This commentary, “Tuition That We May Have To Believe In”, is a reply to a previous article on tuition by Howard Chiu (Mr.), “Tuition We Don’t Have To Believe In” (Read).
I must say Howard’s article had me on his side for a moment. He appealed to me emotively. Nothing like a mental picture of some kid attending hours and hours of tuition immediately after school when he could well be enjoying himself thoroughly with… an iPhone or iPad (I highly doubt kids these days still indulge their time at playgrounds). But the second time I read his article, I silenced the part of my brain which still prays the best for children, so do pardon me if I sound a tad too pragmatic at times.
The overarching assertion that Howard projects his points from is that there is “huge over consumption of this good”. Firstly, private tutoring is a service. Okay I’m just kidding; I am not going to launch into a debate on that. I will attempt to de-establish this statement of his. Is there really over-consumption? We know that over consumption results when costs are, in this case, significantly lower than the reaped benefits.
Does Tuition Genuinely Yield Benefits?
How can we know if the benefits are indeed so strong a case for parents to send their children in hordes? Research has been done (yes, doing your homework is still essential even when you’re not in school). Howard doesn’t trust testimonials. He’s a sceptic. I’m a sceptic too. I hold a healthy amount of doubt towards the research findings by First Tutors, an agency based in UK. Of 150 families found, grades at GCSE and A Levels jumped 2 grades on average within the lower tier of grades U to D. In addition, those who had tuition for 3 to 6 months jumped on average, 1.5 grades as compared to the meagre <1 grade for those who were under private tutors for less than 3 months. This seemed credible till they told me that 95% of those families recommended First Tutors as well.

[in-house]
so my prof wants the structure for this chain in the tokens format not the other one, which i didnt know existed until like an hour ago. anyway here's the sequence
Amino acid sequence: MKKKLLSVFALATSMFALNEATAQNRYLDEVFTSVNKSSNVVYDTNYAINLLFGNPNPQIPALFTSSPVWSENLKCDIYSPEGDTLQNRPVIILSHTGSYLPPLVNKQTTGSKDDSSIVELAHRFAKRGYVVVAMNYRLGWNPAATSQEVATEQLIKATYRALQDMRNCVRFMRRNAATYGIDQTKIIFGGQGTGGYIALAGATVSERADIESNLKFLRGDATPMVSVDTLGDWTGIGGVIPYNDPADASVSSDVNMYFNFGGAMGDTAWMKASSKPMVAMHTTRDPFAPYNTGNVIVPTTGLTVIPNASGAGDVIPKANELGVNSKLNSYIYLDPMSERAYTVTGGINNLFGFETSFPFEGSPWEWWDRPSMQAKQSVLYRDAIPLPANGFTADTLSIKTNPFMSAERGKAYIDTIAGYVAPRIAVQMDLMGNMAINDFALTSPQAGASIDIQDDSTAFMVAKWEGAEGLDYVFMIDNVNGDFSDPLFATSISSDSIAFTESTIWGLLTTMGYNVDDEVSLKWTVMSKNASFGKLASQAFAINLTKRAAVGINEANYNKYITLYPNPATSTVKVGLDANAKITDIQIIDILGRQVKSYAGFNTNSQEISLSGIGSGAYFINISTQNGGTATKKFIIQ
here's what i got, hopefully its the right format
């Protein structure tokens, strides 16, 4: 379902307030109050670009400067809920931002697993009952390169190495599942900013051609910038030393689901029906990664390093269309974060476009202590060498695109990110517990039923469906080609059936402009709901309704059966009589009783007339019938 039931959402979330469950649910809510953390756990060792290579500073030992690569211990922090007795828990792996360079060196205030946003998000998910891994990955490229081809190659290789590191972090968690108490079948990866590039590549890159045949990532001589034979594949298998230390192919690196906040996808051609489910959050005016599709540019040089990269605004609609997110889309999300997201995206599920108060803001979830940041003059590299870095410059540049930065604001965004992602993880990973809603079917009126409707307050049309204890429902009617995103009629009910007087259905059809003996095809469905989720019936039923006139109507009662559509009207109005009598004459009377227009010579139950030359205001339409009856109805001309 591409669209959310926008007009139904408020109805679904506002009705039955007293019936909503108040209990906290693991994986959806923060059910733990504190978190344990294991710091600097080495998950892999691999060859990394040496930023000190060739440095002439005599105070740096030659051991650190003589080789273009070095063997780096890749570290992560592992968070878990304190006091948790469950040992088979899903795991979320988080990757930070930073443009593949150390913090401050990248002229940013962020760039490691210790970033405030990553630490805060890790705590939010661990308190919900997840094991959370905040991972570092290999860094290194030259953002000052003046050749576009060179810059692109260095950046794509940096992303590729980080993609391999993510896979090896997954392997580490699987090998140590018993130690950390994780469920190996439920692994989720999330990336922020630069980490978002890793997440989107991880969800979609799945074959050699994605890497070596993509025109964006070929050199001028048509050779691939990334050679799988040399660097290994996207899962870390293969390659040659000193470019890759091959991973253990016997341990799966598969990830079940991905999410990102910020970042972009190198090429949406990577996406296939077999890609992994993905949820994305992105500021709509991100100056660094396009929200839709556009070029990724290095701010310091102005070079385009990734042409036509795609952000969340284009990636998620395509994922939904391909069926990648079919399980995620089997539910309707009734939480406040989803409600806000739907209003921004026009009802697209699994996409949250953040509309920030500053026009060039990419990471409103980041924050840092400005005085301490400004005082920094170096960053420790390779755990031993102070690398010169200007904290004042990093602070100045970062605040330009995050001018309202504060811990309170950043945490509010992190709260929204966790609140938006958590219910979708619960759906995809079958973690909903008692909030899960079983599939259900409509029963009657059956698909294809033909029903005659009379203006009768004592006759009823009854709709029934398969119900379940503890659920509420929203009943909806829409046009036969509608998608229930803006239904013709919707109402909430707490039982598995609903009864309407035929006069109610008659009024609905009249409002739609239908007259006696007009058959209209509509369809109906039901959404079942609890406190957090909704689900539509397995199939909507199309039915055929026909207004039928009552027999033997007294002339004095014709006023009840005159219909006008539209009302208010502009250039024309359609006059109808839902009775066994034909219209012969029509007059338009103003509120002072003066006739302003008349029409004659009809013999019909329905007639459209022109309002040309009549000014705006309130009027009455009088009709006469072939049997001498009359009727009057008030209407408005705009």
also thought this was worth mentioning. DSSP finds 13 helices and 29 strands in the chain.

I mulled through a study  done by the NUS Department of Economics, and it revealed that 10% more tutoring hours in subjects like Math, English and Korean had bestowed students in South Korea with a shocking 0.03 to 0.3% percentile increase in grades. Tell that to 74% of the student population there and they just might strangle you in their stress. After all, they pay on average $2,600 annually to attend hagwons. Finland, the only European country to routinely perform as well as the Koreans, spends less on both public and private education. Only 13% of the students there have after-school remedial. Time magazine thinks them Koreans just aren’t working smart – after all, sleeping students during tuition are a common sight.